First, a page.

DS: Another thing about Andre’s work that everybody says is, there are so many images that when you look at them – and right now he’s shooting in 2015 – that you don’t really know what year it could have been. Again, we’re looking at these images right now and that one could have easily been taken in the 1950’s and there’s another one that could be in the 1970’s. I think that also has a lot to do with New York. New York is so layered with time periods, there’s a building that was built in the 1800’s and then the next year and the one next to it is the next type of architecture and then the next thing, and it all somehow just smushes together and becomes this one thing.

Let’s discuss also that documentary photography isn’t just, ‘Oh I just photograph what was there.’ There are so many choices that you make when you make that click in the camera. So there is a huge bias going on, and sometimes I think more so in documentary photography than something that’s set up in a studio, there’s an incredible personal bias going on.

Especially like you said, walking around this city, you’re bombarded with a thousand things you could shoot straight up, straight down, left, right, and you make certain choices, and it says everything about the person behind the camera which in this case, is you. But then as you say, you look at a picture and you’re like, ‘Oh is this a documentary photographer from the 1950’s?’

But then you notice that somebody’s holding a cell phone or wearing a T-shirt that says something that could only have been today, and I think that’s a very interesting quality about your work. I think people think they must be old photographs because they’re very beautiful and very The Little Squares style, they’re shot on film and that’s just what it looks like, there’s no, ‘How did you get it to look like that?’ That’s just what they look like.

It’s nothing against technology or social media, we love it, I mean in fact, we met because I was seeing your stuff on Instagram and you were seeing my stuff on Instagram. Instagram is turning out to be a really great thing because it is just that. It’s those filtered little squares of pictures of pictures. I was against it at first because I thought, ‘Oh they’re not real pictures.’ But I think everybody now understands that they are just pictures of pictures, they are Instagrams, and that is something different than a photograph.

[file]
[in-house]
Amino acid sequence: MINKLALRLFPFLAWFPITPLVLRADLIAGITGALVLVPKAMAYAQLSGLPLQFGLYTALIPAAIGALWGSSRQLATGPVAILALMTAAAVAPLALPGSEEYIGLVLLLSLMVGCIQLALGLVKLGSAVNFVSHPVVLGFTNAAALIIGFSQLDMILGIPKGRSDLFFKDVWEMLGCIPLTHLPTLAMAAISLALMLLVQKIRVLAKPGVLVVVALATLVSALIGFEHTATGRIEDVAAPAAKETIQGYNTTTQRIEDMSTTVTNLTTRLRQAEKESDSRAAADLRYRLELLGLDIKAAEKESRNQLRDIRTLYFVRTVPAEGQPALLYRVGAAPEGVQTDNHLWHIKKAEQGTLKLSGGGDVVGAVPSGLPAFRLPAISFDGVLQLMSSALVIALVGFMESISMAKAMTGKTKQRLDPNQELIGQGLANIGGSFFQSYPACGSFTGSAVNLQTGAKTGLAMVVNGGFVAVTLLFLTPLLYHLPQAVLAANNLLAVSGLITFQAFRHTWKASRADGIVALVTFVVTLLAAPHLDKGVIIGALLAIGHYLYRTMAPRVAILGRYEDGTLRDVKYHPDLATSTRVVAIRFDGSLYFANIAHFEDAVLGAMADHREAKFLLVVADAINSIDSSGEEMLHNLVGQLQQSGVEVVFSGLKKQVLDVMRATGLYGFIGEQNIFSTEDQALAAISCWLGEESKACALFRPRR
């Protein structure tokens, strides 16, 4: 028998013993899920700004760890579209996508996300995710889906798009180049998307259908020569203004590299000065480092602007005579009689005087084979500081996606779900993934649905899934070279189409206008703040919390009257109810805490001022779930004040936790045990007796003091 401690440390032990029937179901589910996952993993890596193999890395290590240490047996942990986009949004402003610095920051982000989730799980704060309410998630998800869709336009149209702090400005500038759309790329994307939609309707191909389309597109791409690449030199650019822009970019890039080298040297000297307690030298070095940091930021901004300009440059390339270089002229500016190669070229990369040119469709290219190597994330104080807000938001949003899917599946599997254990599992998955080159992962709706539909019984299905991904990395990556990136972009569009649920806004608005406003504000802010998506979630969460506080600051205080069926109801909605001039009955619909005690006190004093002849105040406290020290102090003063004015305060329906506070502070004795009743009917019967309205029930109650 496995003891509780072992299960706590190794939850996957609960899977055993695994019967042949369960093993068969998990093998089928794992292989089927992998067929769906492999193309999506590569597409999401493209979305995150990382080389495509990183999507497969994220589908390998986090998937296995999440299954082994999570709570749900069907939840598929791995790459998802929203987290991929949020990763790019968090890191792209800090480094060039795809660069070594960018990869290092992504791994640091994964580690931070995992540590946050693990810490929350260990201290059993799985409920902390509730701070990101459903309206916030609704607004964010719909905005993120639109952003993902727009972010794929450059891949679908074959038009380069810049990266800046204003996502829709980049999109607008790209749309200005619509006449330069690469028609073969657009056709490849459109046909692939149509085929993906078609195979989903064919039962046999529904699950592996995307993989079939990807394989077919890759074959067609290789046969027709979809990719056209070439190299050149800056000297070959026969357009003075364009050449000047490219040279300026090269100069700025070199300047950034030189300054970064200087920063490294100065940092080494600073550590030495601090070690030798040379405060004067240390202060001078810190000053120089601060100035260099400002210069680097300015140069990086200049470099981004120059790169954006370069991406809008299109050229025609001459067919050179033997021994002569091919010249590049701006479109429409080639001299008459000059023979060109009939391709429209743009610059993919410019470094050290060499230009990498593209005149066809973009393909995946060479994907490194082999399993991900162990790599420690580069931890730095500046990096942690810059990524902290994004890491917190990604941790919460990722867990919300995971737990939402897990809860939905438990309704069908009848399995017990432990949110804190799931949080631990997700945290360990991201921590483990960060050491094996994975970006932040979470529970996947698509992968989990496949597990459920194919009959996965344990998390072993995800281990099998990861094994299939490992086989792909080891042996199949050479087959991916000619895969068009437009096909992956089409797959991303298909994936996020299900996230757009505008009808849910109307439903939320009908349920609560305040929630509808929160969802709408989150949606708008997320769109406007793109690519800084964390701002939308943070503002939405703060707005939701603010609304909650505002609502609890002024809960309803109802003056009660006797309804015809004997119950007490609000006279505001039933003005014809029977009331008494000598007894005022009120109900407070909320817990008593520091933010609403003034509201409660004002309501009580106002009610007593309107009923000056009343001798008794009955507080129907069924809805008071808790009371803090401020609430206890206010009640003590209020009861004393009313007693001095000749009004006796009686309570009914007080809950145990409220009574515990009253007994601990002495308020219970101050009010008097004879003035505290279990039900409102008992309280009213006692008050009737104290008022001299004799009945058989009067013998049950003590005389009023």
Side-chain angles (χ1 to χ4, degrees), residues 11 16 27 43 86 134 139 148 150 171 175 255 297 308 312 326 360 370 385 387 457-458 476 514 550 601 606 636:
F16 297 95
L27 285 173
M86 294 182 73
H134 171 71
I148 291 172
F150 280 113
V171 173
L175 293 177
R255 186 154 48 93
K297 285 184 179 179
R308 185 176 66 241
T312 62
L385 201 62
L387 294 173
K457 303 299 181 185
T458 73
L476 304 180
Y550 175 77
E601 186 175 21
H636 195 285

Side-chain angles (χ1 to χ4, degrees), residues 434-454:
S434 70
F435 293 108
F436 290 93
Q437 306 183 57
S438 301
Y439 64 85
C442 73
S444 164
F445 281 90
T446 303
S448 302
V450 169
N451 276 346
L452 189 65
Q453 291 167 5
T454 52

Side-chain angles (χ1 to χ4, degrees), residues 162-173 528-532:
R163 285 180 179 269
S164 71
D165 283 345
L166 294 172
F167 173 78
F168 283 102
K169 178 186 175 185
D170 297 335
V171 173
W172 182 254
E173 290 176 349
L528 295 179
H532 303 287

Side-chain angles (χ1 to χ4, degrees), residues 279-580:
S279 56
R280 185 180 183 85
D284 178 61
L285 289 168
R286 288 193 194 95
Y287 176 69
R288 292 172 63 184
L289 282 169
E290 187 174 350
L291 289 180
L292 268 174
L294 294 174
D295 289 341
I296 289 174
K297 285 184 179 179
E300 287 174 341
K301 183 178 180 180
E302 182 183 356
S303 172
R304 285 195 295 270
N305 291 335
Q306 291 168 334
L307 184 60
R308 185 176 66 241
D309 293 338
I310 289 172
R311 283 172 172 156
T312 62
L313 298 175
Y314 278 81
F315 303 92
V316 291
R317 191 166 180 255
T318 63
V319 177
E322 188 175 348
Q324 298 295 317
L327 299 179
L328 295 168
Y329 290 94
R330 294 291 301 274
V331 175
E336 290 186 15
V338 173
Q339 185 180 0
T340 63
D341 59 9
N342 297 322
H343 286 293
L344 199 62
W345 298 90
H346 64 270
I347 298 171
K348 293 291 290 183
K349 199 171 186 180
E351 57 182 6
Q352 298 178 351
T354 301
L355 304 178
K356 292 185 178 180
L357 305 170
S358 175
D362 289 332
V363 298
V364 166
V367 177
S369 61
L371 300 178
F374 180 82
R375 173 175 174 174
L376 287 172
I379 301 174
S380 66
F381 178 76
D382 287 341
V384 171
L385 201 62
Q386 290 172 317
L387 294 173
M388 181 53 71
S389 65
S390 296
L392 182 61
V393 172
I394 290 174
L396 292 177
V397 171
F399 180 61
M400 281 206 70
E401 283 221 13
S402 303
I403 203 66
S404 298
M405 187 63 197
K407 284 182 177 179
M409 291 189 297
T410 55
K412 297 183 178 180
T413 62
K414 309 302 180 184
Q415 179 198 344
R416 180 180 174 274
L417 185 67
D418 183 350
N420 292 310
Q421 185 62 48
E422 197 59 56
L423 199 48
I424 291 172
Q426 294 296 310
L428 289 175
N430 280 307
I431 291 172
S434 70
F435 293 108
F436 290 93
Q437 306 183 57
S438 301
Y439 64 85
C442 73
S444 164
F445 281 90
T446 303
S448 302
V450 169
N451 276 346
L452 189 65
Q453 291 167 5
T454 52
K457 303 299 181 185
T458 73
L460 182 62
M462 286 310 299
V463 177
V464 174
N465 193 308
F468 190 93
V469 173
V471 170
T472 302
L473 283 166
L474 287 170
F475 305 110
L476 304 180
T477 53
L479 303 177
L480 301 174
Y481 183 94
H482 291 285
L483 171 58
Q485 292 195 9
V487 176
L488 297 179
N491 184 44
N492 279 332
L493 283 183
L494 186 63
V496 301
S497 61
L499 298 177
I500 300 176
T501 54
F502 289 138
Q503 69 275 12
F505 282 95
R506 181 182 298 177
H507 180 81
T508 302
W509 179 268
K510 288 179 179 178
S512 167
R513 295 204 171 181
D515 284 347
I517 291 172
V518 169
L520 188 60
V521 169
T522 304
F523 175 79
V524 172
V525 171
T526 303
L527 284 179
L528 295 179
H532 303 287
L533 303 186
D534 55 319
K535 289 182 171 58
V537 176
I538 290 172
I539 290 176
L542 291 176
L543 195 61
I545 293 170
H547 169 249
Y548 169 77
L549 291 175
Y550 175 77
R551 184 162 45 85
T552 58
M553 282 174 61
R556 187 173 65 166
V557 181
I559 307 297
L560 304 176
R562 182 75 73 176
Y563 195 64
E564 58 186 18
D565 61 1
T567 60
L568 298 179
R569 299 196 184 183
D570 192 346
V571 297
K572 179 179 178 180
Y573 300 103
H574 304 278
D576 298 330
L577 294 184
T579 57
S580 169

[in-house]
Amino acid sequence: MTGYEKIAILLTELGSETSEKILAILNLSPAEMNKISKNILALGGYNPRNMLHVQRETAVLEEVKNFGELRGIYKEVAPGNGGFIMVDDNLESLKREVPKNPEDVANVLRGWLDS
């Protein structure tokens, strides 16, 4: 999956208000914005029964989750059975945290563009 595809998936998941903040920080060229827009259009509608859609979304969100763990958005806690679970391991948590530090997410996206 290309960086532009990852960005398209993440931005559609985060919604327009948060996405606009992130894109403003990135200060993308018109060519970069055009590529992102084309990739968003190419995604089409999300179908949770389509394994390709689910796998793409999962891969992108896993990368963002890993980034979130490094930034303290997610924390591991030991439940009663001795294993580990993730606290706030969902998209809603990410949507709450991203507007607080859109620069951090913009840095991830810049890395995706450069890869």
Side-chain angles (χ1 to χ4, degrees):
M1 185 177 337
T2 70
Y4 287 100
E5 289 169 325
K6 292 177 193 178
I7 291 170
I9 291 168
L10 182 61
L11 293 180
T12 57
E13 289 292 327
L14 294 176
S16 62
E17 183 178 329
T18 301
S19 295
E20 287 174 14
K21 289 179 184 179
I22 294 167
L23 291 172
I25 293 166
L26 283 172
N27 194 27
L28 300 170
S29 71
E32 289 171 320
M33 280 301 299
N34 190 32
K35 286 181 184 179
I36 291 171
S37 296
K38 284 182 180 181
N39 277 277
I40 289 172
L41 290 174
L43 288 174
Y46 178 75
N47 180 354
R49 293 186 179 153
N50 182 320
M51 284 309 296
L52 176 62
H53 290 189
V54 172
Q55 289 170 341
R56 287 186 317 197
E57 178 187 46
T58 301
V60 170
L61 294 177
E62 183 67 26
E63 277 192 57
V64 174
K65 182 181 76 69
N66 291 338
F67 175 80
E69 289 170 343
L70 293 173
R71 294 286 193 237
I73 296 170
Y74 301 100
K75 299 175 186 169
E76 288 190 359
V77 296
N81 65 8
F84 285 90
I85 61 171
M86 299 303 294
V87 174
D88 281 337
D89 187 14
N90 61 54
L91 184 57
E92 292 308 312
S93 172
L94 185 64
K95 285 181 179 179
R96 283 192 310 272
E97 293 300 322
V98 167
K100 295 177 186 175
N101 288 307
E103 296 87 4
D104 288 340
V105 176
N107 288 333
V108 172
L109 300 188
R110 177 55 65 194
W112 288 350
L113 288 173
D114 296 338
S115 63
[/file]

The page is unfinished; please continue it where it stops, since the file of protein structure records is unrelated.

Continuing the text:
So that’s why I was inspired by you, because I would always tend to Instagram photos of hanging out in the studio and stuff like that, rather than taking one of my pictures and putting it on Instagram. But you broke that fear in me to do that, because now it’s understood that that’s a picture of a picture. And why not have fifty thousand people see it?

ADW: Yeah, you were talking about kind of the nostalgia of the pictures, which I’ve been thinking about a lot because people are saying that a lot. When was this taken? Or, this could have been something else. I think obviously, part of that is that the images are in black and white. Most of your average every day people don’t look at the world in that type of way. I think breaking away that color, you’re left with content and form, right? How the picture looks and what’s happening, you know, the design of it. That’s why people kind of have that feeling of nostalgia when they look at it: it’s life that they see but they don’t see it in this type of way. It’s breaking it down to just light and shade and it helps people focus on what the photographer is feeling. Even though I think there is amazing color photography out there, but when you look at this image of this couple, you are not  focusing on her pink hair or this bright shirt or something, you’re focusing on the emotion in her face and what they’re looking at and what’s happening in the background. It creates a different way of feeling each image.